There are two types of dentures: partial and full dentures. Both types are made in a dental lab, based on a mold (or an impression) of your mouth.
A partial denture is also called a "removable partial denture" or a "partial." It is made up of one or more false teeth, and held in place by clasps that fit onto nearby teeth. You can take the partial denture out yourself, for cleaning and at night. A partial denture may be used when nearby teeth are not strong enough to hold a bridge, or when more than just a few teeth are missing.
A full denture is also called a "complete denture" or "false teeth." It can be used when all your natural teeth are missing. Remember, you need to care for a denture as carefully as you would look after your natural teeth.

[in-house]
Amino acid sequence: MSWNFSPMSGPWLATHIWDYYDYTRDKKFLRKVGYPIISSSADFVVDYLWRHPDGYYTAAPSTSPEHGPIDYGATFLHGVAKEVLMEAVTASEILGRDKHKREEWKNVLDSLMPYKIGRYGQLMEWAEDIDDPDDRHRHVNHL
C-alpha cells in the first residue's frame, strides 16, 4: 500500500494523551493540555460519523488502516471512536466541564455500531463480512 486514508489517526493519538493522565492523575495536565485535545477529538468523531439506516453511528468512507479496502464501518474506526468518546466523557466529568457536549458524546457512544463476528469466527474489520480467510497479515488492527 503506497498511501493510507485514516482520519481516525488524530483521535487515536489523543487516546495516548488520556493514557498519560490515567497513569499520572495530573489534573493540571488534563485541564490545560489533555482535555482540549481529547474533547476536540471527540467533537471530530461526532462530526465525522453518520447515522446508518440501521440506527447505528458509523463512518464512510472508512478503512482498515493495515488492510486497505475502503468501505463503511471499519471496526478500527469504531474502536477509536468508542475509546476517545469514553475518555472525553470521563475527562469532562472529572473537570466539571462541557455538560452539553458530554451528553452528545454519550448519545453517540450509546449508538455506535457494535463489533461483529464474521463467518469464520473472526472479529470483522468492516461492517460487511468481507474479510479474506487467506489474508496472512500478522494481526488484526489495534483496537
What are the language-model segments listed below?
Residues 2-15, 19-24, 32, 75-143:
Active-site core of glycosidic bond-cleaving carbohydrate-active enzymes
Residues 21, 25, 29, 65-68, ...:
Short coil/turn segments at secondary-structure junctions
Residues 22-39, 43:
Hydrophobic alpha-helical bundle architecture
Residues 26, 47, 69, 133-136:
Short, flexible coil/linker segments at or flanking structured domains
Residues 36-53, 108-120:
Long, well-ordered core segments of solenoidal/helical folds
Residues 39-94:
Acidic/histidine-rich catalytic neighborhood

How to Care For Dentures:
Step 1: Keep your denture clean:
Plaque builds up on a denture just like it does on natural teeth. Unless plaque is removed from your denture, it can spread to your natural teeth and gums, causing gum disease and cavities.
Step 2: Remove your denture every night:
Brush your natural teeth and your gums carefully with a soft toothbrush. If your toothbrush hurts you, run it under warm water to make it softer, or try using a finger wrapped in a clean, damp cloth.
Step 3: Soak your denture overnight:
It can be soaked in a special cleaner (called denture cleanser), in warm water or in a half-and-half mix of warm water and vinegar. If your denture has metal clasps, soak it in warm water only. Soaking will loosen plaque and tartar, so they will come off more easily when you brush. Brush and rinse your denture before you put it back in.
Step 4: See your dentist regularly:
Your mouth is always changing, so your denture will need adjusting from time to time to make sure it fits well. If you have a partial denture, regular check-ups are important to make sure that your natural teeth and gums get the care they need.